I was born and raised Episcopalian. (Someone once pointed out that only Episcopalians add the term “cradle” to that, I’m a cradle Episcopalian. And in fact, I was placed in a cradle.) And I’m not what one would consider popish, but generally I do love this Pope, Pope Francis. I think he gets it right 99% of the time. Even still, there are times when we read something he does or say, and we make a face plant. That’s probably because everything that comes out of his mouth is analyzed to pieces. I’m probably not even a C-student when it comes to analyzing what comes out of my own mouth.

All that said, this week, a friend from high school, an Orthodox Jew, shared an article critiquing the pope around some comments he had made. You might find this interesting, you might not, but essentially it revisits early statements made by St. Paul, from the earliest of Christian time and brings it into the present day. (And you thought religion was boring and old hat.)
What it comes down to is the following:

From Reuters: Israel’s top Jewish religious authorities have told the Vatican they are concerned about comments that Pope Francis made about their books of sacred law and have asked for a clarification. In a letter seen by Reuters, Rabbi Rasson Arousi, chair of the Commission of the Chief Rabbinate of Israel for Dialogue with the Holy See, said the comments appeared to suggest Jewish law was obsolete.
The Torah contains hundreds of commandments, or mitzvot, for Jews to follow in their everyday lives. The measure of adherence to the wide array of guidelines differs between Orthodox Jews and Reform Jews. At the audience, the pope, who was reflecting on what St. Paul said about the Torah in the New Testament, said: “The law (Torah) however does not give life. “It does not offer the fulfilment of the promise because it is not capable of being able to fulfil it … Those who seek life need to look to the promise and to its fulfilment in Christ.” …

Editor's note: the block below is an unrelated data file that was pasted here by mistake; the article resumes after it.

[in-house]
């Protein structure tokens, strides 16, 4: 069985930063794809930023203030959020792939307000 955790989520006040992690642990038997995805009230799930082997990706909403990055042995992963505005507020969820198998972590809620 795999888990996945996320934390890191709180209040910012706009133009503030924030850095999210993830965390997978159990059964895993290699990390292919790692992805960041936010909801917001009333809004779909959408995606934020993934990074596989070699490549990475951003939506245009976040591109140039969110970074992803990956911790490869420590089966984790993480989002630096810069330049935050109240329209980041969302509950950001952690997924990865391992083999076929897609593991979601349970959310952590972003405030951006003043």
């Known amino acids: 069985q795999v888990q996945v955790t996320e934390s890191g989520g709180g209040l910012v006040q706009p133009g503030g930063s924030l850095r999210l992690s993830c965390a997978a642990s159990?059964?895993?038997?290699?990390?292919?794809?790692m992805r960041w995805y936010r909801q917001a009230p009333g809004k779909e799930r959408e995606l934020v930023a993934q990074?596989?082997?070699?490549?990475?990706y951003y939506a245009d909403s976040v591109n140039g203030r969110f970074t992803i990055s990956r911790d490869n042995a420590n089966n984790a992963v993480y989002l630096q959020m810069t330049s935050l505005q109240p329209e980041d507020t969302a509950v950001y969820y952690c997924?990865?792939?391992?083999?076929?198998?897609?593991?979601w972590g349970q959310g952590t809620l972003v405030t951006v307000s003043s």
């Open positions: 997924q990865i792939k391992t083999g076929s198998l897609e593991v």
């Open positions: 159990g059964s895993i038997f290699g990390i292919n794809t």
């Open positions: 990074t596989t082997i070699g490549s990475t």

“In his homily, the pope presents the Christian faith as not just superseding the Torah; but asserts that the latter no longer gives life, implying that Jewish religious practice in the present era is rendered obsolete,” Arousi said in the letter. “This is in effect part and parcel of the ‘teaching of contempt’ towards Jews and Judaism that we had thought had been fully repudiated by the Church,” he said.
And there you have it, and so you see, things are just as relevant today as they were when Christ walked the earth. And what we believe, and what we say matters.
Now, I don’t want to be the Pope, who must walk the tightrope of proclaiming the Gospel for the millions of Roman Catholic Christians, and at the same time has that 1% of the time that he trods into a mess of his own making, and then must come to terms with the kerfuffle. So, please, don’t think I’m throwing stones at the Pope, I’m not. But it’s complicated, ….AND with God’s grace, there is also forgiveness too, and thus not so complicated, too. Conveniently, our readings are helpful this week.